Google trends - Atheism and agnosticism terms

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Google Trends shows how often a particular search-term is entered relative to the total search-volume. It provides Google search volume data across various regions of the world, and in various languages.

Below are resources related to Google trends data of popular atheism/agnosticism/evolution terms.

Google trends - Atheism/agnosticism/evolutionary terms

Google trends measures the interest in various words/phrases as far as Google searches over time.

Below is Google trends data for various terms relating to atheism/agnosticism for various countries and the the world as a whole:


Term atheist:


Term atheism:


Agnostic Google trends:


Agnosticism Google trends:


Term atheist, last 12 months:


Term atheism, last 12 months


Term humanism (often refers to secular humanism):


Other specific atheism terms:


Worldwide interest in evolutionary ideas:

Online interest in Jesus is growing while internet atheism/agnosticism/evolutionism is in a slump

According to Google trends data, online interest in Jesus Christ is growing, while online interest in atheism, agnosticism and evolutionism topical areas is declining or is stagnating.[1] See also: Internet atheism

Google trends: Richard Dawkins searches have seen a marked decline

See also: Richard Dawkins' loss of influence

Elevatorgate

See also: Atheist movement and Elevatorgate

Richard Dawkins is still widely criticized for causing embarrassment to his fellow atheists via his Elevatorgate scandal and for igniting deep fractures in the atheist movement.[2] For example, on November 26, 2013, the atheist activist and blogger Jen McCreight posted at Twitter the message: "Did anyone on Dawkins AMA ask how he feels about singlehandedly destroying the atheist movement with the Dear Muslima yet?"[3] In December of 2013, atheist Jack Vance at Atheist Revolution called July 2, 2011, which is the day that Elevatorgate occurred, "The day the atheist movement died."[4]

Graph showing Richard Dawkins' loss of influence post Elevatatorgate

As can be seen by the graph below, by means of embedded code on his website from Quantcast, Quantcast directly measures the web traffic of Richard Dawkins' website. Traffic to Dawkins website is significantly down post-Elevatorgate scandal. See also: Internet atheism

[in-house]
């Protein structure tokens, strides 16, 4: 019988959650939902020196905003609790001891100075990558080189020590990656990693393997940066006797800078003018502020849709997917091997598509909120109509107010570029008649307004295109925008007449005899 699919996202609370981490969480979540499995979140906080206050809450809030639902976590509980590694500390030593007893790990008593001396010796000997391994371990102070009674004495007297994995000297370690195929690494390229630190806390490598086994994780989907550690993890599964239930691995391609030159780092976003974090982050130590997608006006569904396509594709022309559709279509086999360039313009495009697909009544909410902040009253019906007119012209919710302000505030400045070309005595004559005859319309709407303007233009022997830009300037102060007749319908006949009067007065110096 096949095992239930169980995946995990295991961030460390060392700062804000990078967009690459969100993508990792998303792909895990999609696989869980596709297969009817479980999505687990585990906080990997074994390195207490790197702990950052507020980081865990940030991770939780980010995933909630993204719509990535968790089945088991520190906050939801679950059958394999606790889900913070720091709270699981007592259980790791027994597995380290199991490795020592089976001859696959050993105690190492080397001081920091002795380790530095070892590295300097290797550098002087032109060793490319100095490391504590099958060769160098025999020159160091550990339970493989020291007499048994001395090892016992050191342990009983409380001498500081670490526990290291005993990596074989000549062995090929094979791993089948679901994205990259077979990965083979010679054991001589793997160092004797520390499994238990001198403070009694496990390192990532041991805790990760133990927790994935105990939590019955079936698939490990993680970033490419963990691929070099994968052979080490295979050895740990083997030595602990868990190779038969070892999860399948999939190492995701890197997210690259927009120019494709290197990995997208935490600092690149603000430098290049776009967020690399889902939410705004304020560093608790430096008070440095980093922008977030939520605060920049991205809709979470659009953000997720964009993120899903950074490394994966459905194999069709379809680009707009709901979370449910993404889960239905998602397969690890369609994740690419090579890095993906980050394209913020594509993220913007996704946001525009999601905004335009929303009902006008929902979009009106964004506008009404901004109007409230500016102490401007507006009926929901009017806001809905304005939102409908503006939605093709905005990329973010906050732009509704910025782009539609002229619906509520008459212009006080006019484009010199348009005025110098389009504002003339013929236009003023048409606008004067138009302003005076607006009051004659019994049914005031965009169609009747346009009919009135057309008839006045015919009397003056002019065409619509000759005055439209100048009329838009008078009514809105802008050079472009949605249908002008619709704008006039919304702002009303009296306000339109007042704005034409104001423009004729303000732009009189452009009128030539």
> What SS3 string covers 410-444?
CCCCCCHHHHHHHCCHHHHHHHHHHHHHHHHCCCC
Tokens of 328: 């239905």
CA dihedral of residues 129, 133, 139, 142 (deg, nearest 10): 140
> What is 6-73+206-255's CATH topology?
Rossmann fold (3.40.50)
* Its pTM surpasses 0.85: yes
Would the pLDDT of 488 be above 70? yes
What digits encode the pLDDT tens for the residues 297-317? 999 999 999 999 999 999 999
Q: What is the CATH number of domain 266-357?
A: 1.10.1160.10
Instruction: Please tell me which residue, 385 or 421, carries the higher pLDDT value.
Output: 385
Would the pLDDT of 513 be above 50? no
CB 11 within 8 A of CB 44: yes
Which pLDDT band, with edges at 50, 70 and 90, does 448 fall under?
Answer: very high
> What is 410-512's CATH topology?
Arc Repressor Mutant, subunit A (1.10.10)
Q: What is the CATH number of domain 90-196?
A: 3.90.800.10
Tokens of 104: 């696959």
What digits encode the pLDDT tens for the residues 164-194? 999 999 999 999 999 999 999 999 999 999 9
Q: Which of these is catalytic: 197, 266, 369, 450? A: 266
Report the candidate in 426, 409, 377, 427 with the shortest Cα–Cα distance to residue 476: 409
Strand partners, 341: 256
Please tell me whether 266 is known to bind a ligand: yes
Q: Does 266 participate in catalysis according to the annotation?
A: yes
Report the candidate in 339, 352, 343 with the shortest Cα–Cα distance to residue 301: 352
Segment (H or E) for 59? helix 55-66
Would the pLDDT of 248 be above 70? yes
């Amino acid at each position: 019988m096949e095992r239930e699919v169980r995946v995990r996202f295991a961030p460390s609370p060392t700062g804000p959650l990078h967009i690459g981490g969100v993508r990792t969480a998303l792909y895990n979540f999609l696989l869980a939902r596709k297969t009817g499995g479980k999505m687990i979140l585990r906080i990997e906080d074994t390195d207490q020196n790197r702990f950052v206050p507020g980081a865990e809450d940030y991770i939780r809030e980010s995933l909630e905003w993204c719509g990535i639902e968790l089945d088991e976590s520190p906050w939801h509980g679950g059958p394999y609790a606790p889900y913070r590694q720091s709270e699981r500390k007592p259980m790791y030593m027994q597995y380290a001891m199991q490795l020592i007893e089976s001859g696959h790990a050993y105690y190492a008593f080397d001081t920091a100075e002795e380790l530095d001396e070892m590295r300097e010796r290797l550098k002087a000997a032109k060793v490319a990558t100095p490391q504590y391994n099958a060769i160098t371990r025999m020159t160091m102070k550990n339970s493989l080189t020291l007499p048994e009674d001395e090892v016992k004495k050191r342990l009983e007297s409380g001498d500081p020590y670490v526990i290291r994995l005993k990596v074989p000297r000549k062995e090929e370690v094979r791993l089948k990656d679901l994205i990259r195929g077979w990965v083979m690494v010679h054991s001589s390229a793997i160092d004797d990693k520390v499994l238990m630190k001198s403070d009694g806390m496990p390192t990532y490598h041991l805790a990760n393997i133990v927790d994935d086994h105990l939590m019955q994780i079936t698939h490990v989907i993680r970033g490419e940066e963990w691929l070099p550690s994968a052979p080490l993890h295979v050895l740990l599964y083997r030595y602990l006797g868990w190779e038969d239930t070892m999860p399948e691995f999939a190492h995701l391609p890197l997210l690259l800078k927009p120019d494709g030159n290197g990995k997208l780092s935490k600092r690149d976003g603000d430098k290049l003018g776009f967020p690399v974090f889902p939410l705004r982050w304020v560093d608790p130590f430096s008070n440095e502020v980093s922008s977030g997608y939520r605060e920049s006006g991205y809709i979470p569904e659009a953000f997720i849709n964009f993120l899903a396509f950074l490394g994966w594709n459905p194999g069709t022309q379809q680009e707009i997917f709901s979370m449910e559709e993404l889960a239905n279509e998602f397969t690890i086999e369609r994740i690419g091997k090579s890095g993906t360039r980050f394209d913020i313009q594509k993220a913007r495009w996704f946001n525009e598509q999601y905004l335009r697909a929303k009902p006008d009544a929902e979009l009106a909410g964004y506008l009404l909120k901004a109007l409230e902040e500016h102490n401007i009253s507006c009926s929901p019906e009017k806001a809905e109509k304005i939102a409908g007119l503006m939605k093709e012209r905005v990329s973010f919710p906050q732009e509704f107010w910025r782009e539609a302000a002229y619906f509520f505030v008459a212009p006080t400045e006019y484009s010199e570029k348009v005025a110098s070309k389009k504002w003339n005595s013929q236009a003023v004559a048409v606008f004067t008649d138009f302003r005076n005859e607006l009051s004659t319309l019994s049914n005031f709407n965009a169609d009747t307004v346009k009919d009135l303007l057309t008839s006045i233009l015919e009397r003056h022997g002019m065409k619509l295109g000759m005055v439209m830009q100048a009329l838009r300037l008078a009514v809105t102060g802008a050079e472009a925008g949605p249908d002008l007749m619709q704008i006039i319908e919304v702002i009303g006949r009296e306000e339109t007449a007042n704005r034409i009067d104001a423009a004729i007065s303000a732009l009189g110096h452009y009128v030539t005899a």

Although his following of Dawkian atheist has significantly waned post-Elevatorgate and due to his generally abrasive manner, he does retain a small cult following (See: Richard Dawkins' loss of influence and Richard Dawkins' cult of personality and Atheist cults).


According to the web traffic tracking company Quantcast, the web traffic of Richard Dawkins' website fell in 2012.[5] By October 2014, the web traffic for his website fell to a lower level according to Quantcast.[6]

In October of 2012, Rebecca Watson published a story about Elevatorgate and its aftermath in Slate entitled, It Stands to Reason, Skeptics Can Be Sexist Too: I spoke out about sexual harassment among atheists and scientists. Then came the rape threats.[7]

The web traffic was measured via Quantcast which directly measured Dawkins' website traffic via embedded code on his website.[8]

Web traffic of Richard Dawkins' website has seen a dramatic drop

The above graph shows the monthly website traffic to Richard Dawkins' website as of June 22, 2015 in terms of unique monthly web visitors.[9] As you can see above, in 2012, Richard Dawkins saw a very large decrease in web traffic.

The website traffic is measured via Quantcast which directly measures Dawkins' website traffic via embedded code on his website.[8]

Alexa ranking of Richard Dawkins' website

According to Alexa, Richard Dawkins website lost a large amount of its global market share during to period between 2010 and the beginning portion of 2012.
In 2015, Richard Dawkins' website fell in terms of its Alexa ranking.
In 2016, Richard Dawkins' website lost a considerable amount of global market share according to the web traffic tracking company Alexa.
In 2016 and the in the beginning portion of 2017, the global internet market share of of Richard Dawkins' website has been falling according to the web traffic tracking company Alexa.

See also

External links

Notes